Of course, any time the president or first lady gives a commencement speech, their words are carefully chosen for mass consumption, vetted for a world when anything said to a small crowd on a college campus is now heard on all of cable TV. But the speech Michelle Obama gave Saturday to graduates at Tuskegee University in Alabama, a historically black college famous for training the military's first black pilots in an era of official segregation, sounded more intimate than that.

The text reads like the kind of private talk the first black first lady would give a largely black audience about a shared burden beyond the frame of reference for many of the rest of us. "The road ahead is not going to be easy," she told them. "It never is, especially for folks like you and me."

Within that intimacy, she gave a thoughtful window into what it's like to be a black American today:

So there will be times, just like for those Airmen, when you feel like folks look right past you, or they see just a fraction of who you really are.

The world won’t always see you in those caps and gowns.  They won’t know how hard you worked and how much you sacrificed to make it to this day -- the countless hours you spent studying to get this diploma, the multiple jobs you worked to pay for school, the times you had to drive home and take care of your grandma, the evenings you gave up to volunteer at a food bank or organize a campus fundraiser.  They don't know that part of you.

Instead they will make assumptions about who they think you are based on their limited notion of the world.  And my husband and I know how frustrating that experience can be.  We’ve both felt the sting of those daily slights throughout our entire lives -- the folks who crossed the street in fear of their safety; the clerks who kept a close eye on us in all those department stores; the people at formal events who assumed we were the “help” -- and those who have questioned our intelligence, our honesty, even our love of this country.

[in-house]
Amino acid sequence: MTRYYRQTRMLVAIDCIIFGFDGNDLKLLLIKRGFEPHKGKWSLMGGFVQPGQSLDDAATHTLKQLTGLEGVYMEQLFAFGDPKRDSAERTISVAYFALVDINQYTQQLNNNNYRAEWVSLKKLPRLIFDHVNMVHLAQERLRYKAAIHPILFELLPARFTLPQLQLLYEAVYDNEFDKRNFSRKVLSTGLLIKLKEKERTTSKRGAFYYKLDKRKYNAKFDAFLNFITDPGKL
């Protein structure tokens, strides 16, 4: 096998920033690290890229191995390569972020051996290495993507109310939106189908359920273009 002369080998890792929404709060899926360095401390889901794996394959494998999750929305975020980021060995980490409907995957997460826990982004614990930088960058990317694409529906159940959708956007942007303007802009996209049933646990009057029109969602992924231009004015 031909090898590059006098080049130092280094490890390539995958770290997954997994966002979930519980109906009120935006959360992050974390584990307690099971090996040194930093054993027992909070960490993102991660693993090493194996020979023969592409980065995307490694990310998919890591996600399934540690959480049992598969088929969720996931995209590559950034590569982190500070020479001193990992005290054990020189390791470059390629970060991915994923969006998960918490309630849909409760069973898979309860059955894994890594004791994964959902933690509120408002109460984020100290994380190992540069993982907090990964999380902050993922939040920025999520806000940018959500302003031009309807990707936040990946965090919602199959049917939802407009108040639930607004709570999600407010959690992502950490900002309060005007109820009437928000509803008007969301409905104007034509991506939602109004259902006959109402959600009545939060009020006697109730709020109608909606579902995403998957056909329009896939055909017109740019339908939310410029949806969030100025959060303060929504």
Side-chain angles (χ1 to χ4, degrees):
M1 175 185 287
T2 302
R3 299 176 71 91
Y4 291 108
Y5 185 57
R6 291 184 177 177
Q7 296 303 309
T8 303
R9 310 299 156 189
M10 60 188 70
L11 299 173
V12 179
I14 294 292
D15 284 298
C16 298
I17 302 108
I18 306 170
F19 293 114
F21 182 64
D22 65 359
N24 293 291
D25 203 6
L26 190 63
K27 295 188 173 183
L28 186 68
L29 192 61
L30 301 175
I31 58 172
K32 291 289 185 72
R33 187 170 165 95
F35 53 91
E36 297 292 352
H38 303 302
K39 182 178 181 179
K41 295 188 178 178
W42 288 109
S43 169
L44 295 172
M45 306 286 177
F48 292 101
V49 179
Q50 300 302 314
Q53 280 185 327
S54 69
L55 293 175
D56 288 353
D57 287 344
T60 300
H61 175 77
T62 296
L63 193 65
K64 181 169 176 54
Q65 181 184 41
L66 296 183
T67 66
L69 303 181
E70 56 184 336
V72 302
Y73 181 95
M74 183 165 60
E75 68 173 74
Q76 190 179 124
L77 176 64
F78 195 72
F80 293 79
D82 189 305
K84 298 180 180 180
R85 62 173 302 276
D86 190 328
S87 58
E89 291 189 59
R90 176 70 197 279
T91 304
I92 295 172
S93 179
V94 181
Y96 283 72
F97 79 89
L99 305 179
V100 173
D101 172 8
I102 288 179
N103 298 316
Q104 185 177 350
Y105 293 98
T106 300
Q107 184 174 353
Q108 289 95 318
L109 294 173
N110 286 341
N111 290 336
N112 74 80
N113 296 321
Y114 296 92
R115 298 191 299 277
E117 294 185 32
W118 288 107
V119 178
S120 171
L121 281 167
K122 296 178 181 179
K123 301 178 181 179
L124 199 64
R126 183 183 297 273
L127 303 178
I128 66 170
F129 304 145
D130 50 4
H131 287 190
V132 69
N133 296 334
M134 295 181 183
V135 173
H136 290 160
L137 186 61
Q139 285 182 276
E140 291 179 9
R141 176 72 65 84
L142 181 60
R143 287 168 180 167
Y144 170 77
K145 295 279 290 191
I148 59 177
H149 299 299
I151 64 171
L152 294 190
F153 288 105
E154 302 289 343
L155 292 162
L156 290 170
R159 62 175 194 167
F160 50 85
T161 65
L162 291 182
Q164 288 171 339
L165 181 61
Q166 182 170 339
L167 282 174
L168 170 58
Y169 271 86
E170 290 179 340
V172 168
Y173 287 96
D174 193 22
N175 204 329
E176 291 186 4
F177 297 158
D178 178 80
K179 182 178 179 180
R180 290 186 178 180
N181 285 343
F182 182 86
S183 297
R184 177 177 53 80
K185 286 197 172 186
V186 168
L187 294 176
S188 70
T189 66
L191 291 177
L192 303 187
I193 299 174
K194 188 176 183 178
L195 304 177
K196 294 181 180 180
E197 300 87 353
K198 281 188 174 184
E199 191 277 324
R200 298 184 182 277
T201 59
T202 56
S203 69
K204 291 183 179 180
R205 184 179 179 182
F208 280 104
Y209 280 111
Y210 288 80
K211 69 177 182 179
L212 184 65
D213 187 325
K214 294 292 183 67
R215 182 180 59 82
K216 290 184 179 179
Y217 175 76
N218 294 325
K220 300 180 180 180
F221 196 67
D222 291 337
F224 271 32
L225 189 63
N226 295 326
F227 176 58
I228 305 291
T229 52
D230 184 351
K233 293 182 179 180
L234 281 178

And I know that these little indignities are obviously nothing compared to what folks across the country are dealing with every single day -- those nagging worries that you’re going to get stopped or pulled over for absolutely no reason; the fear that your job application will be overlooked because of the way your name sounds; the agony of sending your kids to schools that may no longer be separate, but are far from equal; the realization that no matter how far you rise in life, how hard you work to be a good person, a good parent, a good citizen -- for some folks, it will never be enough.

Obama here gives a hint of how she's felt about her own critics. But she's also talking about a more pervasive kind of alienation that's integral to our understanding of what's happening with race relations in America today. This is the alienation that comes from people seeing "just a fraction of who you really are." Some empathy for that feeling — or recognition of the power of it in frustrated black communities — seems like part of what we're missing today.

She goes on:

And all of that is going to be a heavy burden to carry.  It can feel isolating.  It can make you feel like your life somehow doesn’t matter -- that you’re like the invisible man that Tuskegee grad Ralph Ellison wrote about all those years ago.  And as we’ve seen over the past few years, those feelings are real.  They’re rooted in decades of structural challenges that have made too many folks feel frustrated and invisible.  And those feelings are playing out in communities like Baltimore and Ferguson and so many others across this country.